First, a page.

This morning’s Scripture challenges us to think about forgiveness.
In Genesis, we have just a small snippet from the longer, wonderfully complex story of Joseph.
If all you know is the part about the Technicolor dream coat, you’re missing out.
In today’s small bit, Joseph forgives his brothers for their treachery way back when and he suggests that, as he sees it, it wasn’t their treachery that was happening, but actually God working in one of God’s mysterious ways, putting the wheels in motion for Joseph to save them all and many others besides.
So Joseph says, “You meant to do me harm; but God meant to bring good out of it by preserving the lives of many people, as we see today. Do not be afraid. I shall provide for you…” (Genesis 50:21).
And then in Matthew’s Gospel, Peter asks: “Lord…how often should I forgive? As many as seven times?”
Jesus answers, “Not seven times, but, I tell you, seventy times seven.”
Then he goes on to tell the parable of an unforgiving servant, generously freed from a multi-million dollar debt for which he is on the verge of defaulting, but who then fails to show that same generosity toward someone who owes him about forty dollars.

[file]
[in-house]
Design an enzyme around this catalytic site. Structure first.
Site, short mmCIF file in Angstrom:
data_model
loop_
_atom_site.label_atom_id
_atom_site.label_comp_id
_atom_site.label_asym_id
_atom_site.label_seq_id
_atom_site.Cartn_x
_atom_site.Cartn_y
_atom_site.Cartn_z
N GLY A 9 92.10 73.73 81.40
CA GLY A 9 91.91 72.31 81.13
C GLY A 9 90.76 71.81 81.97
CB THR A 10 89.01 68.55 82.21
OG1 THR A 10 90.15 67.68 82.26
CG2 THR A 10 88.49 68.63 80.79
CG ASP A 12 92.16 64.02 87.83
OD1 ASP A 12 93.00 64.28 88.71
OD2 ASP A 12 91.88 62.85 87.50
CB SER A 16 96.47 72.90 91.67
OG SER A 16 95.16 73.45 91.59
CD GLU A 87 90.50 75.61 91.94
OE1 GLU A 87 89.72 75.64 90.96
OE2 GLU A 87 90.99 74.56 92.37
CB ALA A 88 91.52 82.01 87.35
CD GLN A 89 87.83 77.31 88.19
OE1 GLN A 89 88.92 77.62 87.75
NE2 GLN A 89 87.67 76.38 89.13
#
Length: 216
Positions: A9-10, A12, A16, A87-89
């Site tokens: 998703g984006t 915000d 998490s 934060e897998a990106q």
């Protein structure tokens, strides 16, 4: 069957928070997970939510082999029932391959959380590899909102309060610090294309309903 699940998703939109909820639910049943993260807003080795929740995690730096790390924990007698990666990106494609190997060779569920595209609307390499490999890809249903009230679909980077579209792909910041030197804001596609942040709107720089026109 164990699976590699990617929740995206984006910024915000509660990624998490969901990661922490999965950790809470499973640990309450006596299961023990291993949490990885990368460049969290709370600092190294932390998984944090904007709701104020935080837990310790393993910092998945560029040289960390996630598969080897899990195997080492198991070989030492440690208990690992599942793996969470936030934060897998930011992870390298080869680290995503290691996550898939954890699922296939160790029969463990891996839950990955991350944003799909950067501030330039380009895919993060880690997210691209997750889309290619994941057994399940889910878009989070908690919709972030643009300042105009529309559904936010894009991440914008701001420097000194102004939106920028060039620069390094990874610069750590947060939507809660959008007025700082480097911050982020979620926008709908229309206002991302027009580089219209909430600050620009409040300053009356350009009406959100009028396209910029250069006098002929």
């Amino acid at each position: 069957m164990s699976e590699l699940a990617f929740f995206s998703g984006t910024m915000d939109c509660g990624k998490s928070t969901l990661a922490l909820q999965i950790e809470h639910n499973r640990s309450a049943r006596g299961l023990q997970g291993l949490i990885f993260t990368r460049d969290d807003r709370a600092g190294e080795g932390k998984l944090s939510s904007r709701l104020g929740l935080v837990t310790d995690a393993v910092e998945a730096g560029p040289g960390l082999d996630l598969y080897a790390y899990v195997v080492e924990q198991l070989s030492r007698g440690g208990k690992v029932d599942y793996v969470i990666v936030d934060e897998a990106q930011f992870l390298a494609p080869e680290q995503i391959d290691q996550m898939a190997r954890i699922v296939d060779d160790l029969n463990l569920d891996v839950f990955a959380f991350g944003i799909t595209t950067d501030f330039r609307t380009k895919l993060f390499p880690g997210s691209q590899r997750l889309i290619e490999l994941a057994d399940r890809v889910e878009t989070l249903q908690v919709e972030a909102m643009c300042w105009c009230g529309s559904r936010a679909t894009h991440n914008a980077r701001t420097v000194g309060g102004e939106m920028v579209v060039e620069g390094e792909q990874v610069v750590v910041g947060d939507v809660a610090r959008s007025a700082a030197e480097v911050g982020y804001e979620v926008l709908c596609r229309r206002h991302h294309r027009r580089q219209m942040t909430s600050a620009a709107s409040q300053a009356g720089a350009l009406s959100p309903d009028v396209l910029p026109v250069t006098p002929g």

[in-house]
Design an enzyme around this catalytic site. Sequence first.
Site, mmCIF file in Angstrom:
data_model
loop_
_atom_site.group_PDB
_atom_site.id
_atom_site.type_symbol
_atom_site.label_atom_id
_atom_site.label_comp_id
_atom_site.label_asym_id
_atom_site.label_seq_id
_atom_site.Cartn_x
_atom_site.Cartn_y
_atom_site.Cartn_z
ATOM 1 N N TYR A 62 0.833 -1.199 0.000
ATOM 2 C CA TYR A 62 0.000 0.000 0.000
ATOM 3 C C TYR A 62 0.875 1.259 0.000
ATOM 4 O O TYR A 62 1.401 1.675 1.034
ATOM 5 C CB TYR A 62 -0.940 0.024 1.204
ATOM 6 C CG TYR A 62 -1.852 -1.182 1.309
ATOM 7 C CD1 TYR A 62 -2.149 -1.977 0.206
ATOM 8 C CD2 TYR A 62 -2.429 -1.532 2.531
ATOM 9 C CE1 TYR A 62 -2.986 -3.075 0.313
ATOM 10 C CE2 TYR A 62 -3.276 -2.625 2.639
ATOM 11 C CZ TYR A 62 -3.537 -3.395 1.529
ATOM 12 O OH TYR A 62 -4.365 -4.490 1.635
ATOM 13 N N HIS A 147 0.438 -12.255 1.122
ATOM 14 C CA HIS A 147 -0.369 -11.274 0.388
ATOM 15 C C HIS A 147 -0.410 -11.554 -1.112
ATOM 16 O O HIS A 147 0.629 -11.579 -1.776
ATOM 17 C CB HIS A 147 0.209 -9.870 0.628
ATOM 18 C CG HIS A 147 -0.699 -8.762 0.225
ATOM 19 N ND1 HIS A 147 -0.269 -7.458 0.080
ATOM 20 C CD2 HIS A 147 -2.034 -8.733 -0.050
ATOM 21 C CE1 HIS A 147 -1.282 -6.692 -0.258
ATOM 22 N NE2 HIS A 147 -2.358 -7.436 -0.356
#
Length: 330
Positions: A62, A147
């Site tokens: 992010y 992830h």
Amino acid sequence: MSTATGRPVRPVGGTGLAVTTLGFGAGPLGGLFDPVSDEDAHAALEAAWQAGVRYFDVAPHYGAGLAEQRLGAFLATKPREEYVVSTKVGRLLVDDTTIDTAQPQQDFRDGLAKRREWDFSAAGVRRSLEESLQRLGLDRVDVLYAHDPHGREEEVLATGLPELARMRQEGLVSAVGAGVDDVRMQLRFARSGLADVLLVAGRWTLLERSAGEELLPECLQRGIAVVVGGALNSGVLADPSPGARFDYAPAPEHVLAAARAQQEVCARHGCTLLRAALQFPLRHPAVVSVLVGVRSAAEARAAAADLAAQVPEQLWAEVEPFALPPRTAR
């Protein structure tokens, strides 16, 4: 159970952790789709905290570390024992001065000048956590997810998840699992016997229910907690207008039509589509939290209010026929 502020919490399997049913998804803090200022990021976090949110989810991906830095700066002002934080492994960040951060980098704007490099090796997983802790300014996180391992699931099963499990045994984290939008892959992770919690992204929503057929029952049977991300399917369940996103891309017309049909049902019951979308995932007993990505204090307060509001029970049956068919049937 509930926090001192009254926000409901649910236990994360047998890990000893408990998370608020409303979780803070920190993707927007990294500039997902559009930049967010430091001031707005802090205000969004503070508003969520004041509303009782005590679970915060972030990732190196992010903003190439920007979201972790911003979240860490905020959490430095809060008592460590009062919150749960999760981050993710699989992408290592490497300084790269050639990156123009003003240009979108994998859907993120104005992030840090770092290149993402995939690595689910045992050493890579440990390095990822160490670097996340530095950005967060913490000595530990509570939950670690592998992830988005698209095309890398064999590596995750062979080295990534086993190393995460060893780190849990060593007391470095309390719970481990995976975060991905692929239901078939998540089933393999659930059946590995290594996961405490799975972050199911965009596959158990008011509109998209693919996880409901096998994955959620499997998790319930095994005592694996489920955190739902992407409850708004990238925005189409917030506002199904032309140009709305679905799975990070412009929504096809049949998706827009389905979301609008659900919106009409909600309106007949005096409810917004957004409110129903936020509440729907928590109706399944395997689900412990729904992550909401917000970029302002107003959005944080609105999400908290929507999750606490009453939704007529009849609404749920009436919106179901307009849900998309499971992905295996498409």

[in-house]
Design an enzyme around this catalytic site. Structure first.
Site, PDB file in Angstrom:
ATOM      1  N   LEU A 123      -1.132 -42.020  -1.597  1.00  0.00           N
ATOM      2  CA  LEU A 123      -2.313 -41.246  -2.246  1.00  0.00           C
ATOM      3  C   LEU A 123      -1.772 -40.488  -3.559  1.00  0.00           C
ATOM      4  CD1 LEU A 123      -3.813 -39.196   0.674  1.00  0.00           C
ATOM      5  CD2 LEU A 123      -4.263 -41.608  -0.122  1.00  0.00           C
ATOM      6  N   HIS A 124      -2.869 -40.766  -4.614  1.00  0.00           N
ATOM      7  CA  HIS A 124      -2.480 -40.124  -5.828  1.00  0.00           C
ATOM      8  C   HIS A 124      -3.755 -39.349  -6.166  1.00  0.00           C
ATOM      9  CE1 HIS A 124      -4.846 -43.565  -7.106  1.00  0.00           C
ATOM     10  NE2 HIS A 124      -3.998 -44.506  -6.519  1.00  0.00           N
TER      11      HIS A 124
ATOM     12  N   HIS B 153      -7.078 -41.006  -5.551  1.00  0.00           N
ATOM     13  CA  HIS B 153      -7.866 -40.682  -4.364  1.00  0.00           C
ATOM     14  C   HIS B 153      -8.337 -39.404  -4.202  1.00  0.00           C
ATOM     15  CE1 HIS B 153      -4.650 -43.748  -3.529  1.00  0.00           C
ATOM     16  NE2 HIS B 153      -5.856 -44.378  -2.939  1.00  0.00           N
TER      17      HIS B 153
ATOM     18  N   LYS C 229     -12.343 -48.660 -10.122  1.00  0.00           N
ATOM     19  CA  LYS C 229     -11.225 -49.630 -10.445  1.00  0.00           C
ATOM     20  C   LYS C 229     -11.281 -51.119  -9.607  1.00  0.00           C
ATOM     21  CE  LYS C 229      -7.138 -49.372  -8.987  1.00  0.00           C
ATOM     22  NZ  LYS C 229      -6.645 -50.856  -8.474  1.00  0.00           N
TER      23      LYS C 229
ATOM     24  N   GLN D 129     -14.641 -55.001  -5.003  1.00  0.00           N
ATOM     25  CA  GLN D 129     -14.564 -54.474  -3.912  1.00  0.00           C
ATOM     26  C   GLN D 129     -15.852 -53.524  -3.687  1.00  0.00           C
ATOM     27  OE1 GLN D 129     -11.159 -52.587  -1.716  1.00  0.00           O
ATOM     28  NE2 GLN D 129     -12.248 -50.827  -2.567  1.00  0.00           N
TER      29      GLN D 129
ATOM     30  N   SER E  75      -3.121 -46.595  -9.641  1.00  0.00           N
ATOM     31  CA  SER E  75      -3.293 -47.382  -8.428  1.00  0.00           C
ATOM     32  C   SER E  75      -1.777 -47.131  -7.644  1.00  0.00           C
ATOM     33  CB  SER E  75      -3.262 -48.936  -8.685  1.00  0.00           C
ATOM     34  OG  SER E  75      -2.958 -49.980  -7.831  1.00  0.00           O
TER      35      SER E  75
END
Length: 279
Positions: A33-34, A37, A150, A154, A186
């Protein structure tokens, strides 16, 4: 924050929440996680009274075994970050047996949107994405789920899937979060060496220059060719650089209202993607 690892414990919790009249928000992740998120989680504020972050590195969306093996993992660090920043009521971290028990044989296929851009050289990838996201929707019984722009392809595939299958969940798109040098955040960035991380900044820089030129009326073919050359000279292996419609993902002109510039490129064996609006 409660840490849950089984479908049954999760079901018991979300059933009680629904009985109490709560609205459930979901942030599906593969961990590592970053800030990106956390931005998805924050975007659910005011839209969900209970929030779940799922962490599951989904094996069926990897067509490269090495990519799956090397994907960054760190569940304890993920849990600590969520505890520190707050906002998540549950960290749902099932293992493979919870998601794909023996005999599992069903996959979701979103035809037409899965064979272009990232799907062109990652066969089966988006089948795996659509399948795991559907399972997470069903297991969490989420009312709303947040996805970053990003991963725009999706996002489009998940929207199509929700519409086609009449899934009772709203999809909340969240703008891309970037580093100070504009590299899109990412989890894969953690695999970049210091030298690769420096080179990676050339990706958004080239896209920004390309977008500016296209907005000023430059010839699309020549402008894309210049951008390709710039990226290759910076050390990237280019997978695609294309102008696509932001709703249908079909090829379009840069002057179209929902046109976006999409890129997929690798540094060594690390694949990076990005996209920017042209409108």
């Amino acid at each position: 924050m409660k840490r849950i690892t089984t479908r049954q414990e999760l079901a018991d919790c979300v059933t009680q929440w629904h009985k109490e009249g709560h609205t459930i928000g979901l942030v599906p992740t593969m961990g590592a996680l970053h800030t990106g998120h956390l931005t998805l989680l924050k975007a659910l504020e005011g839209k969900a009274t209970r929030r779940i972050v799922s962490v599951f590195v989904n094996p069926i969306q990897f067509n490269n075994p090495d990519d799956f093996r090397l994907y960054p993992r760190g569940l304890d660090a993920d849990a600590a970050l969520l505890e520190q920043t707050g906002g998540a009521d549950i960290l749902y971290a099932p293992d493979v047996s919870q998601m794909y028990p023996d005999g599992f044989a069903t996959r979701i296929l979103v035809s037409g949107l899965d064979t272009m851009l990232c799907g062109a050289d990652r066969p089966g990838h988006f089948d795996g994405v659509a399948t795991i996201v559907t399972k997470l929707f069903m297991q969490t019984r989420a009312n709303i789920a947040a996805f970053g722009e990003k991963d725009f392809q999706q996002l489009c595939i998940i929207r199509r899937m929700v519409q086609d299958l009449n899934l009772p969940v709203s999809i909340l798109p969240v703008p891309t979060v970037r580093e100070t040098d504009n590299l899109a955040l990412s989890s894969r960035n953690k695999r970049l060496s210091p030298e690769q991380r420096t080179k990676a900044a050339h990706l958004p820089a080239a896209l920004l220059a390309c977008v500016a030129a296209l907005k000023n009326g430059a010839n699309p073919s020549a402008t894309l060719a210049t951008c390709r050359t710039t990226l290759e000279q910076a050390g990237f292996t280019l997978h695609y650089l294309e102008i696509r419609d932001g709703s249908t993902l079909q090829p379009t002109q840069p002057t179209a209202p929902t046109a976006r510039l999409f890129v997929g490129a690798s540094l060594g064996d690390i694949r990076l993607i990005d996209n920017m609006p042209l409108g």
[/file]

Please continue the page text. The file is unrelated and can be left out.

It’s very much in keeping with an earlier moment, also in Matthew, when Jesus asks, “Why beholdest thou the mote that is in thy brother’s eye, but considerest not the beam that is in thine own eye?” (Matthew 7:3)
The unforgiving servant is chasing after a mote of debt, having apparently forgotten the crushing beam of his own debt that has been lifted from him.
The implication is clear:
As any of us consider what to do when we are asked to forgive–whether to do it or not…to mean it or not…to expect something further or not…as any of us consider what to do when we are asked or challenged to forgive, let us be mindful also of that within ourselves that might need forgiving.